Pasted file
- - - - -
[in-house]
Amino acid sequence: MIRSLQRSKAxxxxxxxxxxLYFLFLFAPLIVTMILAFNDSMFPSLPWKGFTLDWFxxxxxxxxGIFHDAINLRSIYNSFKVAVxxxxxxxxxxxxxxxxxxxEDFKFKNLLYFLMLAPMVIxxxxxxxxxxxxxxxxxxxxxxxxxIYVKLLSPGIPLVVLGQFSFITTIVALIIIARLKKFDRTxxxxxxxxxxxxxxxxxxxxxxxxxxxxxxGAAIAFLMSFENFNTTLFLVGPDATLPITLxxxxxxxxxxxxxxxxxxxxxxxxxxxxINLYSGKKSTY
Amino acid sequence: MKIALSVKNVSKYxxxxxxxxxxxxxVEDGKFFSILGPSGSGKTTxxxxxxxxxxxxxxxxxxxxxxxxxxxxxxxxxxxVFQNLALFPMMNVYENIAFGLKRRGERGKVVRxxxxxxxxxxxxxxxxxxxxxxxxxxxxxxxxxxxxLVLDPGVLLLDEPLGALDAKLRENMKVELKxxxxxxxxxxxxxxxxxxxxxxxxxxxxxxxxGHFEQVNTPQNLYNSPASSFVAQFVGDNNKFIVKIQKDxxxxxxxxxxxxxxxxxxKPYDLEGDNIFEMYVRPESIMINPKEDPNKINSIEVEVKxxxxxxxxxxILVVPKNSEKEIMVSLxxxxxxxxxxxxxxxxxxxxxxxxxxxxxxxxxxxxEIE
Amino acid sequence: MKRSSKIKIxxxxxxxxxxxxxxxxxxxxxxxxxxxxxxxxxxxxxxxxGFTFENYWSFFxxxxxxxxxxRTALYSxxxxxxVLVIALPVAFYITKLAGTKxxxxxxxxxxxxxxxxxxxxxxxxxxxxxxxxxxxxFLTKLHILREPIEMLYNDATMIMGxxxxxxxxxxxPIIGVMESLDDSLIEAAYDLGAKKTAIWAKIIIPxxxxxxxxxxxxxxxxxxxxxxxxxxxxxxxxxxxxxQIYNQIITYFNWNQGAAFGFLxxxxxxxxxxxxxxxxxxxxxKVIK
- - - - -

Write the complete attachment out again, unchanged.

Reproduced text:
[in-house]
Amino acid sequence: MIRSLQRSKAxxxxxxxxxxLYFLFLFAPLIVTMILAFNDSMFPSLPWKGFTLDWFxxxxxxxxGIFHDAINLRSIYNSFKVAVxxxxxxxxxxxxxxxxxxxEDFKFKNLLYFLMLAPMVIxxxxxxxxxxxxxxxxxxxxxxxxxIYVKLLSPGIPLVVLGQFSFITTIVALIIIARLKKFDRTxxxxxxxxxxxxxxxxxxxxxxxxxxxxxxGAAIAFLMSFENFNTTLFLVGPDATLPITLxxxxxxxxxxxxxxxxxxxxxxxxxxxxINLYSGKKSTY
Amino acid sequence: MKIALSVKNVSKYxxxxxxxxxxxxxVEDGKFFSILGPSGSGKTTxxxxxxxxxxxxxxxxxxxxxxxxxxxxxxxxxxxVFQNLALFPMMNVYENIAFGLKRRGERGKVVRxxxxxxxxxxxxxxxxxxxxxxxxxxxxxxxxxxxxLVLDPGVLLLDEPLGALDAKLRENMKVELKxxxxxxxxxxxxxxxxxxxxxxxxxxxxxxxxGHFEQVNTPQNLYNSPASSFVAQFVGDNNKFIVKIQKDxxxxxxxxxxxxxxxxxxKPYDLEGDNIFEMYVRPESIMINPKEDPNKINSIEVEVKxxxxxxxxxxILVVPKNSEKEIMVSLxxxxxxxxxxxxxxxxxxxxxxxxxxxxxxxxxxxxEIE
Amino acid sequence: MKRSSKIKIxxxxxxxxxxxxxxxxxxxxxxxxxxxxxxxxxxxxxxxxGFTFENYWSFFxxxxxxxxxxRTALYSxxxxxxVLVIALPVAFYITKLAGTKxxxxxxxxxxxxxxxxxxxxxxxxxxxxxxxxxxxxFLTKLHILREPIEMLYNDATMIMGxxxxxxxxxxxPIIGVMESLDDSLIEAAYDLGAKKTAIWAKIIIPxxxxxxxxxxxxxxxxxxxxxxxxxxxxxxxxxxxxxQIYNQIITYFNWNQGAAFGFLxxxxxxxxxxxxxxxxxxxxxKVIK